When the auditor is talking he is gathering no useful information, and some of them do A LOT of talking. Oh, the places he’s been, the companies he’s “added value” to (see below). A hero indeed. Even if these stories are ever true (and I do have my doubts about most of them) they are wholly irrelevant to the execution of the day job. A critical quality of a competent auditor is knowing how to shut up and listen. Blabbermouths often like boasting about their glorious achievements and any horrors they have encountered. Thrilling those these tales may be, remember one thing, next week it is likely to be you he is talking about.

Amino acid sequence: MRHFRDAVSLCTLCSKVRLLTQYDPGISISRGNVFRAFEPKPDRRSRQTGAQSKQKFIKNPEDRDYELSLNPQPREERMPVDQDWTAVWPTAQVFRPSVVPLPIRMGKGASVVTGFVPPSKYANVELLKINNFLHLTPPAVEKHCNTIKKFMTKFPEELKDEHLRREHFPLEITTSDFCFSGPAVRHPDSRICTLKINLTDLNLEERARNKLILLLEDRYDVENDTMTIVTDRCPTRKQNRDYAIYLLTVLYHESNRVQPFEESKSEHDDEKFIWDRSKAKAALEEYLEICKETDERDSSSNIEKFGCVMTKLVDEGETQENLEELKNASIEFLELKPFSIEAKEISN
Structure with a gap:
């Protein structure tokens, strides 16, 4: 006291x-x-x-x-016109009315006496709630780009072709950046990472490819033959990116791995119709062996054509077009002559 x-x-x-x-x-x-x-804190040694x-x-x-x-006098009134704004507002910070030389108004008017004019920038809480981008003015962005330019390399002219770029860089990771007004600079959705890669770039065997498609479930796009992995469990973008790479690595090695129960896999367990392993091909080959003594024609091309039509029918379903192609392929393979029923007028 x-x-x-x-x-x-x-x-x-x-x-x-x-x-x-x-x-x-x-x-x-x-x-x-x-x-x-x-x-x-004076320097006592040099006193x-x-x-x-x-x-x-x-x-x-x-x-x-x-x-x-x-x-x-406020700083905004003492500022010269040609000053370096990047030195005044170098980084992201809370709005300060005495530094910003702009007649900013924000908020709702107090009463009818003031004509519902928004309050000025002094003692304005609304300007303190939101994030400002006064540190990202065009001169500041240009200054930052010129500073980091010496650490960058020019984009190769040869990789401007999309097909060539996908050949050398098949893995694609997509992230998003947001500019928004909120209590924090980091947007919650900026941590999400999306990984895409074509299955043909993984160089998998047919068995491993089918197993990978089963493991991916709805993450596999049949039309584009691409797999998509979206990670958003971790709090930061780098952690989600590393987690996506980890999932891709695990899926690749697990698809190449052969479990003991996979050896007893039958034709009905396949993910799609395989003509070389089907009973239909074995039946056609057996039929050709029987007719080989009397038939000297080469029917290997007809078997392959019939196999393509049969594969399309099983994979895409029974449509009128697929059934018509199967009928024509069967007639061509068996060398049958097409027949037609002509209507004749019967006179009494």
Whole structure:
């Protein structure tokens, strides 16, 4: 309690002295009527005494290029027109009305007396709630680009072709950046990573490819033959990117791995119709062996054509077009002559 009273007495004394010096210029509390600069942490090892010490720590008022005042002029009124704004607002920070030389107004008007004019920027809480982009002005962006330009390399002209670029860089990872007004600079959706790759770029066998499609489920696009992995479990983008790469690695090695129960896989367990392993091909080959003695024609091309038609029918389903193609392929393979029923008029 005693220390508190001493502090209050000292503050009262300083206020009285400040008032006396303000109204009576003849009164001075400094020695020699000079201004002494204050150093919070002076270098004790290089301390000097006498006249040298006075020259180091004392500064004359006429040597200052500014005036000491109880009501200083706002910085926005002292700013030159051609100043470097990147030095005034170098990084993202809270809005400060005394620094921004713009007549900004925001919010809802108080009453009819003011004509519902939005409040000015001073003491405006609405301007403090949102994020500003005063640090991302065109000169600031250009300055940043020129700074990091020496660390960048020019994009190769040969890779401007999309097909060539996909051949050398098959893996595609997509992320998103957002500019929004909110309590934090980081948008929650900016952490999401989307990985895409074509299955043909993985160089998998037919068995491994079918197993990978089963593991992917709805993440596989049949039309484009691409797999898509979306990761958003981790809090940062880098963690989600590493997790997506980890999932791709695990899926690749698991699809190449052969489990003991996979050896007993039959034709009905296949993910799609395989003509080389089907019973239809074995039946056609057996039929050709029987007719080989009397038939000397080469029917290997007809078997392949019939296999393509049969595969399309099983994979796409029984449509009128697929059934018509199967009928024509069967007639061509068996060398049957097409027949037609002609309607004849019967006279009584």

Mr “disaster waiting to happen”
Auditors need to understand that risk is a function of likelihood and severity, and that proportionality of controls relies on an accurate assessment of these factors. Not all auditors have allowed this penny to drop, unfortunately. Many see it as their job simply to identify a risk, and then demand some sort of action, irrespective of the magnitude. In the English speaking world, we call them nit-pickers. A term with a questionable linguistic origin, but we all know what it means, and it fits all too many practitioners
Back of a Fag Packet Audit Reports
Q. What is an audit report?
A. Management information